By the summer of 2008, 122 F-22s had been delivered. By that time, the perception was increasingly that the Raptor wasn't exactly the right tool for the "dirty little wars" of the 21st century. It had been designed to counter fourth-generation Soviet air superiority fighters that hadn't materialized -- and though the Air Force wanted some insurance against the day when such a threat did appear, given the demands of existing struggles against insurgents and terrorists who had no air power at all, there was only so much insurance that made sense.

In early 2009, the decision was made to end production after delivery of 187 machines, with the last Raptor rolled out in late 2011. The F-22 finally had its baptism of fire on 23 September 2014, performing air strikes in Syria against Islamic State insurgents using GPS-guided munitions. Of course, this was ironic, since the Air Force regarded strike as only a secondary mission for the Raptor; there were with criticisms that it was overkill, too expensive for that mission. The response was that the area of operations was under the umbrella of Syrian air defenses, and a stealthy platform was the most appropriate one for the job.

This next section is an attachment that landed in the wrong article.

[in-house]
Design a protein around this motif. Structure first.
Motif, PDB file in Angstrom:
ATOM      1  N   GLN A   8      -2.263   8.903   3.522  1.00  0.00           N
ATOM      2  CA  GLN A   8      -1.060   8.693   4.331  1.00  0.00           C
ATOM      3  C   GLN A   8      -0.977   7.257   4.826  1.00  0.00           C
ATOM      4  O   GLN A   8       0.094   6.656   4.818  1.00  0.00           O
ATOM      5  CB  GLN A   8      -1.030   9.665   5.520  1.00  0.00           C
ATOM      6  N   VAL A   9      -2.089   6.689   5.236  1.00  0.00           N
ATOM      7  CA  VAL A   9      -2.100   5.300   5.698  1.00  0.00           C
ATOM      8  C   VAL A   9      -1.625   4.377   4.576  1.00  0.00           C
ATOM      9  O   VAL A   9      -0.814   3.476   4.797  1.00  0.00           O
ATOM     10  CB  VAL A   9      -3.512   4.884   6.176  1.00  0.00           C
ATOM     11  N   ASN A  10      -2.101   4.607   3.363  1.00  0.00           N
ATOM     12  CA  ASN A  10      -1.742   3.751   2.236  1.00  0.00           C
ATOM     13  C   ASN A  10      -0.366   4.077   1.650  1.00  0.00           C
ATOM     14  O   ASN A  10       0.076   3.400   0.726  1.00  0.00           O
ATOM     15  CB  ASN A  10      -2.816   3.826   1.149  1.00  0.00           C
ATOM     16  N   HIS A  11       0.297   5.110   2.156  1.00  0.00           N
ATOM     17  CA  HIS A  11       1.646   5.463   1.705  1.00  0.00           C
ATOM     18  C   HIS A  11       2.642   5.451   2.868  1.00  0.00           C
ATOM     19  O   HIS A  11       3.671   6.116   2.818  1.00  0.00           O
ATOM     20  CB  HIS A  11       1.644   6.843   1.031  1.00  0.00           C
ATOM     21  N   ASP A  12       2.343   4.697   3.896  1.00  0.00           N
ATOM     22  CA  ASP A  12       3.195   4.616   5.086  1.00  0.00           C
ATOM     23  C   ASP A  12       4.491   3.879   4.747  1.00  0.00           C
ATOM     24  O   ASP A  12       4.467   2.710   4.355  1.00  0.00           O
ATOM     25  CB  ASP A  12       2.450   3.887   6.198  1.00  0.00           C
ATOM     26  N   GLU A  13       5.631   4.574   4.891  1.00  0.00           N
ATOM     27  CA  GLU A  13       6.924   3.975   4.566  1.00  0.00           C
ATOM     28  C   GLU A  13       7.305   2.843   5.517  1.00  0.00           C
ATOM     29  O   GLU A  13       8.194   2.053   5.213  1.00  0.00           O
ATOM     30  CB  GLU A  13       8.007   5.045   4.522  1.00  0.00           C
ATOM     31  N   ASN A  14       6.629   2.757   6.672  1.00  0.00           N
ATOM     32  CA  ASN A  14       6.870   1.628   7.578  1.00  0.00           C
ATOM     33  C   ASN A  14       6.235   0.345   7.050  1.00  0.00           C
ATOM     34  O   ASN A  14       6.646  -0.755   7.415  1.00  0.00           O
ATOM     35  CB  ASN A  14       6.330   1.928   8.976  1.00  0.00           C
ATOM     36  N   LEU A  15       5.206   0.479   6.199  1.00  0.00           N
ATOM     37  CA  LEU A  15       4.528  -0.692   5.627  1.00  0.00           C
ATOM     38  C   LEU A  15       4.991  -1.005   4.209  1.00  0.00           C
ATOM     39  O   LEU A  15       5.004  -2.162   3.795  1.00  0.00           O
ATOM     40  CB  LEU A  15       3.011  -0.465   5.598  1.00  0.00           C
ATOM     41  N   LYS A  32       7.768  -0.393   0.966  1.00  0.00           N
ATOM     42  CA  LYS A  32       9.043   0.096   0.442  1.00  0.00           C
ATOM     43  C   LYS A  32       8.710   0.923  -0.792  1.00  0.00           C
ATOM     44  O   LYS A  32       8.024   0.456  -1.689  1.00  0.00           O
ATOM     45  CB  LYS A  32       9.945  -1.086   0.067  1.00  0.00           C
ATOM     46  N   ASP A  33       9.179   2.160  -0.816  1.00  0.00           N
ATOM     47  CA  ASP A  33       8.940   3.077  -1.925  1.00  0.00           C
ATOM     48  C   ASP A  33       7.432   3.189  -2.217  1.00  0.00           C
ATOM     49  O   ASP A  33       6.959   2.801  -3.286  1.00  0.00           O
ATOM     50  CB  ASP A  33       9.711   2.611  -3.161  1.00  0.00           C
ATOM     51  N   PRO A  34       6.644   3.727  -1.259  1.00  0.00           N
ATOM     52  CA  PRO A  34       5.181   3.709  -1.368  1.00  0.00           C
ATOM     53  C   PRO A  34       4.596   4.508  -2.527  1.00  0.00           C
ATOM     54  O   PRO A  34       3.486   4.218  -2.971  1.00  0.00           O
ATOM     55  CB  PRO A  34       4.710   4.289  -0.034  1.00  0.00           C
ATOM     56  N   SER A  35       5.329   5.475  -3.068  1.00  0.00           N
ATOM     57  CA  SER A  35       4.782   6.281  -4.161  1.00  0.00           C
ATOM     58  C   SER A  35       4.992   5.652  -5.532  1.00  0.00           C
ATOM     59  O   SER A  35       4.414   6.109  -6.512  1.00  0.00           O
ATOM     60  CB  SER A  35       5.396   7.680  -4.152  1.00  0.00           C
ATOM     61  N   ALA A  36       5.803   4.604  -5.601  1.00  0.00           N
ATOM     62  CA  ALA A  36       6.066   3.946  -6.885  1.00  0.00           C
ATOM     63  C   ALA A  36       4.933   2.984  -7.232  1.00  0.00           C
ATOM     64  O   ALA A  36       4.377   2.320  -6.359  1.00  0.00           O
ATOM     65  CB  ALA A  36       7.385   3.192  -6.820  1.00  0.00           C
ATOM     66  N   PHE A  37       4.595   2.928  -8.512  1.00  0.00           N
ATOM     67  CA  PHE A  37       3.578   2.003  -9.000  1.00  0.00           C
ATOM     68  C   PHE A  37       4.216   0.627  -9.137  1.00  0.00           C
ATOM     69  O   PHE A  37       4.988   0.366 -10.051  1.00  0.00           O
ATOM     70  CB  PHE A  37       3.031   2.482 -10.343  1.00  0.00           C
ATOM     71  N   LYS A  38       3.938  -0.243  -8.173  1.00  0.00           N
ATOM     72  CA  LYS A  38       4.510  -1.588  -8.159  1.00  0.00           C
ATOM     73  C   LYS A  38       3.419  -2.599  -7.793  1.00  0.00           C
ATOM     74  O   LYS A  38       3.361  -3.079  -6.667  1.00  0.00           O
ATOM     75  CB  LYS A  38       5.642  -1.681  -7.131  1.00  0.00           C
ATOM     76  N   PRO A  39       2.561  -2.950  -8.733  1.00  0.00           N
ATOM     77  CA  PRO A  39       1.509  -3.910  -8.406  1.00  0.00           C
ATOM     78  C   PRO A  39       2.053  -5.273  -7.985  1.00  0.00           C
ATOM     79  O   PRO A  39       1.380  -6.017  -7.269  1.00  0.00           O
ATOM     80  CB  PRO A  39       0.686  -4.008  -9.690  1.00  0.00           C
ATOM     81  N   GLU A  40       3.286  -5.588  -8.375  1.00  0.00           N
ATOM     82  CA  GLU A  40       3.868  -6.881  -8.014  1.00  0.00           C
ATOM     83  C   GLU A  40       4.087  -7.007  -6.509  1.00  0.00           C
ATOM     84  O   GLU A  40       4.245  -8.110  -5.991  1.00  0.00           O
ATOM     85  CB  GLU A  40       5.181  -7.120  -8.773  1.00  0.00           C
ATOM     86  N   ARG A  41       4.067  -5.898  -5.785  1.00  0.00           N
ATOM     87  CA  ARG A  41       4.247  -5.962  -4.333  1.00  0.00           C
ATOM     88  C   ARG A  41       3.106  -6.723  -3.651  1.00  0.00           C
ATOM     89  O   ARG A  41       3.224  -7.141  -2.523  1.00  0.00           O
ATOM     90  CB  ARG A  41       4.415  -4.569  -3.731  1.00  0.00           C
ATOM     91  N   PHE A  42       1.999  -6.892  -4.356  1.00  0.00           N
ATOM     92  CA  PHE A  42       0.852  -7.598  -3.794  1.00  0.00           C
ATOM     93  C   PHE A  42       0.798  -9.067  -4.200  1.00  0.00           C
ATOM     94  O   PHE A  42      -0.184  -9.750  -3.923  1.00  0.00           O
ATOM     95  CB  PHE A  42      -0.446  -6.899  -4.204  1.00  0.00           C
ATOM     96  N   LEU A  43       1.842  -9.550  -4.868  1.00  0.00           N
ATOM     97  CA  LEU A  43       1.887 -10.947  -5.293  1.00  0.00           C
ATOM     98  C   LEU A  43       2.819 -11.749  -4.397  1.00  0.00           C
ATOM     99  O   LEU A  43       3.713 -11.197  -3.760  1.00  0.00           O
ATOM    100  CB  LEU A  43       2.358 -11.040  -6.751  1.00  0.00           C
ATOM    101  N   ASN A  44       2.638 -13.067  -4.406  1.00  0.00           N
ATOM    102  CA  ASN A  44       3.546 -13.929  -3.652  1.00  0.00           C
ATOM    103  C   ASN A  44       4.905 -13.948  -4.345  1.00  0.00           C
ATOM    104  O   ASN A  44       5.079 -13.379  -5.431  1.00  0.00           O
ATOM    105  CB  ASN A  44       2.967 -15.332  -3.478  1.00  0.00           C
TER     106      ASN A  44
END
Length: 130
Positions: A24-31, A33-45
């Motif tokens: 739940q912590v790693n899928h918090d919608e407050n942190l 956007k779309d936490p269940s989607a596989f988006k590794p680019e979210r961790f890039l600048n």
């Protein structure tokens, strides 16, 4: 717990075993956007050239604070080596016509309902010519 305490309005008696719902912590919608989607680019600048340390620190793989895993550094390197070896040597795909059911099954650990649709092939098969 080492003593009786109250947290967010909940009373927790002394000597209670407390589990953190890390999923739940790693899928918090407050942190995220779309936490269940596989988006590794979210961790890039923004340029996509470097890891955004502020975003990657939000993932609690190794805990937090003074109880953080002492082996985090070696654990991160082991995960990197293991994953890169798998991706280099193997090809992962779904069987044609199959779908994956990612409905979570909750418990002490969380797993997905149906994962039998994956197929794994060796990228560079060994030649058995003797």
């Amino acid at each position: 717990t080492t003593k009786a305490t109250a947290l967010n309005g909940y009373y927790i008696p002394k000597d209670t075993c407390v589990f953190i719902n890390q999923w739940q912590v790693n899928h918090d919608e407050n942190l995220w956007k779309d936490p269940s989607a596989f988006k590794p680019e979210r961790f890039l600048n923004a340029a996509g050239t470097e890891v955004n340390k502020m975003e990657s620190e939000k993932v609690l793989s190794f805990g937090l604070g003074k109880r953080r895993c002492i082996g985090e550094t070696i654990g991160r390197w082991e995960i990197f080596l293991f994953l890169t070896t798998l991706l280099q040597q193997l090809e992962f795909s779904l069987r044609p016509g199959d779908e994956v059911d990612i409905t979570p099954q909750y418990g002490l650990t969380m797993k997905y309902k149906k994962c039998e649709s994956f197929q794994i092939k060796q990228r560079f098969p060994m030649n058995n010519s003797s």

The F-22 has yet to score an air-to-air kill, in accordance with its primary mission, since the US hasn't fought an adversary with air power assets for some number of years. There were no foreign sales of the F-22, Congress having forbidden export of the aircraft. Not too surprisingly, the Japanese, and a number of other nations, have been evaluating their own advanced fighter designs, many of which clearly have a debt to the F-22.


[4] F-22 DETAILS

* The F-22 is more formally the "F-22A" -- but since there's never been and never will be another F-22 production variant, it's usually just referred to as the "F-22". For a time, from 2002, it was designated the "F/A-22", the "A" standing for "Attack", as a means of emphasizing the aircraft's attack capabilities, but when it was finally introduced to service, that subterfuge was dropped -- likely because it was unpersuasive and possibly even counterproductive for a machine being promoted for its air superiority capabilities.

Performance estimates give the F-22 a speed of Mach 1.5 in non-afterburning supercruise mode, and a speed of Mach 2.0 or above with afterburner. Flight tests demonstrate that the F-22 combines good handling characteristics with very high maneuverability. Pilots have described the F-22 as very pleasant to fly, combining the agility of an F-16 with the docile handling of the F-15, and the power of the new aircraft made it, as one pilot put it, "a kick-ass rocket ship".

   _____________________   _________________   _______________________
   spec                    metric              english
   _____________________   _________________   _______________________

   wingspan                13.56 meters        44 feet 6 inches
   wing area               78.04 sq_meters     840 sq_feet   
   length                  18.92 meters        62 feet 1 inch
   height                  5.05 meters         16 feet 7 inch